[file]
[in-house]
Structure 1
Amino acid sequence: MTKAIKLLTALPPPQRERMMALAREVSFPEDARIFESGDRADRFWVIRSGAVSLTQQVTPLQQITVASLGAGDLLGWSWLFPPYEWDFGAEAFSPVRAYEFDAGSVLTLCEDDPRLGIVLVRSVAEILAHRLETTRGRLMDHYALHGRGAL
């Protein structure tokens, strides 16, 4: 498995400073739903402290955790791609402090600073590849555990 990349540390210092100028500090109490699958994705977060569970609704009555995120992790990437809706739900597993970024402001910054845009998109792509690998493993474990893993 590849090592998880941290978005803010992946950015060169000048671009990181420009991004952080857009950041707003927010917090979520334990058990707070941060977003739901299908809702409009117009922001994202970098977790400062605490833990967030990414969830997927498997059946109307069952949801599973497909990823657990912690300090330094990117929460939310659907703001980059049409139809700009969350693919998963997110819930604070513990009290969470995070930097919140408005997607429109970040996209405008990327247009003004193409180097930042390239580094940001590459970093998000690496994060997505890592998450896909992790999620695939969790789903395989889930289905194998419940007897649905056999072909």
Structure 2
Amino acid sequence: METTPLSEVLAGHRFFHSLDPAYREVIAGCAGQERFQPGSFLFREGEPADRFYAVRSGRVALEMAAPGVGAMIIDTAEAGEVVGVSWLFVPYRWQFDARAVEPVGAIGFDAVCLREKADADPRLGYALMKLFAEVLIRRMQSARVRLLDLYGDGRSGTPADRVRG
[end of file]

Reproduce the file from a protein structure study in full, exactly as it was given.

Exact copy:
[in-house]
Structure 1
Amino acid sequence: MTKAIKLLTALPPPQRERMMALAREVSFPEDARIFESGDRADRFWVIRSGAVSLTQQVTPLQQITVASLGAGDLLGWSWLFPPYEWDFGAEAFSPVRAYEFDAGSVLTLCEDDPRLGIVLVRSVAEILAHRLETTRGRLMDHYALHGRGAL
């Protein structure tokens, strides 16, 4: 498995400073739903402290955790791609402090600073590849555990 990349540390210092100028500090109490699958994705977060569970609704009555995120992790990437809706739900597993970024402001910054845009998109792509690998493993474990893993 590849090592998880941290978005803010992946950015060169000048671009990181420009991004952080857009950041707003927010917090979520334990058990707070941060977003739901299908809702409009117009922001994202970098977790400062605490833990967030990414969830997927498997059946109307069952949801599973497909990823657990912690300090330094990117929460939310659907703001980059049409139809700009969350693919998963997110819930604070513990009290969470995070930097919140408005997607429109970040996209405008990327247009003004193409180097930042390239580094940001590459970093998000690496994060997505890592998450896909992790999620695939969790789903395989889930289905194998419940007897649905056999072909």
Structure 2
Amino acid sequence: METTPLSEVLAGHRFFHSLDPAYREVIAGCAGQERFQPGSFLFREGEPADRFYAVRSGRVALEMAAPGVGAMIIDTAEAGEVVGVSWLFVPYRWQFDARAVEPVGAIGFDAVCLREKADADPRLGYALMKLFAEVLIRRMQSARVRLLDLYGDGRSGTPADRVRG